Share on other sites

We use this expression in Italian, don't know if there's a similar one in French. It means having a lot of success when on stage, doing a performance very well. For example, if a concert has a big response from the public, we say that the artist "ate the stage", provoked a huge/positive reaction. So in this case, he would have a big success, if he found the right show to perform in. Could it be what he meant?

Edited by sara09
  • Like 6

Share this post


Link to post
Share on other sites
39 minutes ago, sara09 said:

We use this expression in Italian, don't know if there's a similar one in French. It means having a lot of success when on stage, doing a performance very well. For example, if a concert has a big response from the public, we say that the artist "ate the stage", provoked a huge/positive reaction. So in this case, he would have a big success, if he found the right show to perform in. Could it be what he meant?

 

That's exactly how I get it! :thumb_yello:

 

(Even though I speak neither Italian nor French and I'm not even a native speaker of English so my opinion is probably irrelevant... :biggrin2:)

  • Like 3

Share this post


Link to post
Share on other sites
11 hours ago, sara09 said:

We use this expression in Italian, don't know if there's a similar one in French. It means having a lot of success when on stage, doing a performance very well. For example, if a concert has a big response from the public, we say that the artist "ate the stage", provoked a huge/positive reaction. So in this case, he would have a big success, if he found the right show to perform in. Could it be what he meant?

 

I think we'd probably say "owned the stage" in English.

  • Like 2

Share this post


Link to post
Share on other sites
On 9/8/2019 at 12:26 AM, sara09 said:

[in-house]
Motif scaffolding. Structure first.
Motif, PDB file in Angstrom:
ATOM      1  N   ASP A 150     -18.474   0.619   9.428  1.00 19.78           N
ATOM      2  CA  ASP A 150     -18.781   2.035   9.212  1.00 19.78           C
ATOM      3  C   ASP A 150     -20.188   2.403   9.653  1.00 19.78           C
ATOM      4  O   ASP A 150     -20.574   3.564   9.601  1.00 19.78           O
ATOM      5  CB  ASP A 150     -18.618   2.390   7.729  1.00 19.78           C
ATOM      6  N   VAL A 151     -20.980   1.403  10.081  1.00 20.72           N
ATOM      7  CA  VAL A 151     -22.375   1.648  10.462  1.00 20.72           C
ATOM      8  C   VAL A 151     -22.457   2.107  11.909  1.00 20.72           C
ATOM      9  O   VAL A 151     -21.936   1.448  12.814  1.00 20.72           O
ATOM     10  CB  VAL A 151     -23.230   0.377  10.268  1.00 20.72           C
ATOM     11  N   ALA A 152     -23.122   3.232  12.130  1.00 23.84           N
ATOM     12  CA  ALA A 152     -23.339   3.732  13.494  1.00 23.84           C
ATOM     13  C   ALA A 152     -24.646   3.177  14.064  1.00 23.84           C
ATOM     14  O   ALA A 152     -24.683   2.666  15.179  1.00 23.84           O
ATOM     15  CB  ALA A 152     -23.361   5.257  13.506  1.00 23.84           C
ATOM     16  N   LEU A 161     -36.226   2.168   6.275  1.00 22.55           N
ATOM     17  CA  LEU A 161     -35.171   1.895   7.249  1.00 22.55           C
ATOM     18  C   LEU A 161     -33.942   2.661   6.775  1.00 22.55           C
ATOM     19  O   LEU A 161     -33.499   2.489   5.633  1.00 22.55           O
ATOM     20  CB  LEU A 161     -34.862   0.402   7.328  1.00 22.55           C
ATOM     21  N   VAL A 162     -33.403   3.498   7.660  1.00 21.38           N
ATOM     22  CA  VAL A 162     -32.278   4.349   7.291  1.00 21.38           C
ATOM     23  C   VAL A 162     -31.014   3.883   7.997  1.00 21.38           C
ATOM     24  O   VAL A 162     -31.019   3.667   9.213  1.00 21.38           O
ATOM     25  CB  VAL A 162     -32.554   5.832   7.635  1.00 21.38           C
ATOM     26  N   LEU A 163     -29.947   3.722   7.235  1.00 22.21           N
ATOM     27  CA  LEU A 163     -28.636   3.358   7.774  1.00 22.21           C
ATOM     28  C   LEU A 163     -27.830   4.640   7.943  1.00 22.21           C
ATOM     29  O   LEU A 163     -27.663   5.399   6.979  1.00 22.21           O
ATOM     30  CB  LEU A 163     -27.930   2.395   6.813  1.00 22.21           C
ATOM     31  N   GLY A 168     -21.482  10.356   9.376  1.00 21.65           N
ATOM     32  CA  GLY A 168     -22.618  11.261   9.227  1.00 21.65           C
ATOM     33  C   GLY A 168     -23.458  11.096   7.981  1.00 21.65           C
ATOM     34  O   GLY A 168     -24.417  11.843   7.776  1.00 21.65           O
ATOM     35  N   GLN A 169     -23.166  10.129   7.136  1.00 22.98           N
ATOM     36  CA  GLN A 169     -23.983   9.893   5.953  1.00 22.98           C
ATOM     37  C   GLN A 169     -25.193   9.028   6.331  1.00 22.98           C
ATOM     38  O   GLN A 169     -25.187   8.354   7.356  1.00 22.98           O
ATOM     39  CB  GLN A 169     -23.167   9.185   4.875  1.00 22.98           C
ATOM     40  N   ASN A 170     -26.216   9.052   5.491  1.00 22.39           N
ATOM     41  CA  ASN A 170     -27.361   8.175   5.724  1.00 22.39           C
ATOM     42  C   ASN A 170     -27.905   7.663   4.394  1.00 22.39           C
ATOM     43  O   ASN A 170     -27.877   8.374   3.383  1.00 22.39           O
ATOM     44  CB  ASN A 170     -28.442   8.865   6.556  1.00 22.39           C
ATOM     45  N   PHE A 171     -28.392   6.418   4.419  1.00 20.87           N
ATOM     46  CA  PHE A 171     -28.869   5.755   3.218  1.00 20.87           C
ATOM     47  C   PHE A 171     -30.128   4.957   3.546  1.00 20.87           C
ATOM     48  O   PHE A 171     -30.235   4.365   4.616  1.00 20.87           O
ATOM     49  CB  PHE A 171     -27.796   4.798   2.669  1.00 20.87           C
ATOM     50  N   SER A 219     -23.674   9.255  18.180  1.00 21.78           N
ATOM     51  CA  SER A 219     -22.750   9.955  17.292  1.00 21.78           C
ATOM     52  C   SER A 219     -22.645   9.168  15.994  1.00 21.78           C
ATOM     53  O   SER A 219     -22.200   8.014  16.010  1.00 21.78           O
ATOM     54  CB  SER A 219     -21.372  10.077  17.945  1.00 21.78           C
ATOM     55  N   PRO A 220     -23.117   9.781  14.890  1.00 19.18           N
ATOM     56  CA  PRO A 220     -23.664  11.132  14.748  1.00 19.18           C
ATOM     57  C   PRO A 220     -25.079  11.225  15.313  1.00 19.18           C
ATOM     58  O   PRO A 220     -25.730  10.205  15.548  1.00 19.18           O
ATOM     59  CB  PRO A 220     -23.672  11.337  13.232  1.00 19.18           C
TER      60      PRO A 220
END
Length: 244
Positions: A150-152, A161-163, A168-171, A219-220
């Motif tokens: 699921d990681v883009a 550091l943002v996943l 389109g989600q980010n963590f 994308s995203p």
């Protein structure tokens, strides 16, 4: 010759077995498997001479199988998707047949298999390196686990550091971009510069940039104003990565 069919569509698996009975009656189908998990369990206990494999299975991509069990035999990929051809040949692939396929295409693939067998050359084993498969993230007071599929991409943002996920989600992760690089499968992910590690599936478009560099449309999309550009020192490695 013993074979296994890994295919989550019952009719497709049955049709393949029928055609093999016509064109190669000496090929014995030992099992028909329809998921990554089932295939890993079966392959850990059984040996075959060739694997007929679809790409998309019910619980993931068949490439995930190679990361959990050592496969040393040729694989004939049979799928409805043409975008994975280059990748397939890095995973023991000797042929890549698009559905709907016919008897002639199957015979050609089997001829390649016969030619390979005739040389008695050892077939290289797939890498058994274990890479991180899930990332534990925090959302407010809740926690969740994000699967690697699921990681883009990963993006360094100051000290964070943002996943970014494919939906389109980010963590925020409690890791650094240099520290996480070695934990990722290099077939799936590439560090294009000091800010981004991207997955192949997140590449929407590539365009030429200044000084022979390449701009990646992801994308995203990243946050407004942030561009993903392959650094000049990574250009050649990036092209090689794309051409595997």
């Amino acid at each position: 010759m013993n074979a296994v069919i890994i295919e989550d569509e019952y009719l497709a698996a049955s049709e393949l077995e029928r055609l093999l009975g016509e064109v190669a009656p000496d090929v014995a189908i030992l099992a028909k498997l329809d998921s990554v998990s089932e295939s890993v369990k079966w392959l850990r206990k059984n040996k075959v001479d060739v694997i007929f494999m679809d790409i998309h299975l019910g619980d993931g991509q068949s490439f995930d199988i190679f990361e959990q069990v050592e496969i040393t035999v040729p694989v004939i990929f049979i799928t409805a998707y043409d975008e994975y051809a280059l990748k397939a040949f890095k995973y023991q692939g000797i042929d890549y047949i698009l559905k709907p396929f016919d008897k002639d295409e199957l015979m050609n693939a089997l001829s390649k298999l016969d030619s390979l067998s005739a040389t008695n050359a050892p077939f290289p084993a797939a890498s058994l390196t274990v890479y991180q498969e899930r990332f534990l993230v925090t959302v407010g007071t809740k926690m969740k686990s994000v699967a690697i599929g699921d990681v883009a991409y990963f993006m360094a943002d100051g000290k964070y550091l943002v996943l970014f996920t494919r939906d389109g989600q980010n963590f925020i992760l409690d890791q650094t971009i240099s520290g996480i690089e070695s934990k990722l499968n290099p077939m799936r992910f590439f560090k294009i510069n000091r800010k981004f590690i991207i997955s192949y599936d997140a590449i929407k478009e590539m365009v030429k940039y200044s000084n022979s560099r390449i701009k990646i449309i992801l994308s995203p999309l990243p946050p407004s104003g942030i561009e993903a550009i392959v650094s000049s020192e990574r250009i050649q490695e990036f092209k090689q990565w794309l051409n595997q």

We use this expression in Italian, don't know if there's a similar one in French. It means having a lot of success when on stage, doing a performance very well. For example, if a concert has a big response from the public, we say that the artist "ate the stage", provoked a huge/positive reaction. So in this case, he would have a big success, if he found the right show to perform in. Could it be what he meant?

 

That's the way I understood it as well. I think it's not unusual if you speak several languages to mix up some expressions - or maybe it is an expression in American English, which would equal "own the stage" in British English. Languages mix up that way over time - for example also in German we have some expressions in everyday language, which is in fact a German version of something you'd only say in English - so it's not an "official" expression, but people use it, and people understand it - for example "that makes sense" ("Das macht Sinn"), meanwhile it's an official expression, but it only came over the last few years, it's an expression that came from the English one. Or "not really" ("nicht wirklich"), same for that.

  • Like 2

Share this post


Link to post
Share on other sites

Join the conversation

You can post now and register later. If you have an account, sign in now to post with your account.
Note: Your post will require moderator approval before it will be visible.

Guest
Reply to this topic...

×   Pasted as rich text.   Paste as plain text instead

  Only 75 emoji are allowed.

×   Your link has been automatically embedded.   Display as a link instead

×   Your previous content has been restored.   Clear editor

×   You cannot paste images directly. Upload or insert images from URL.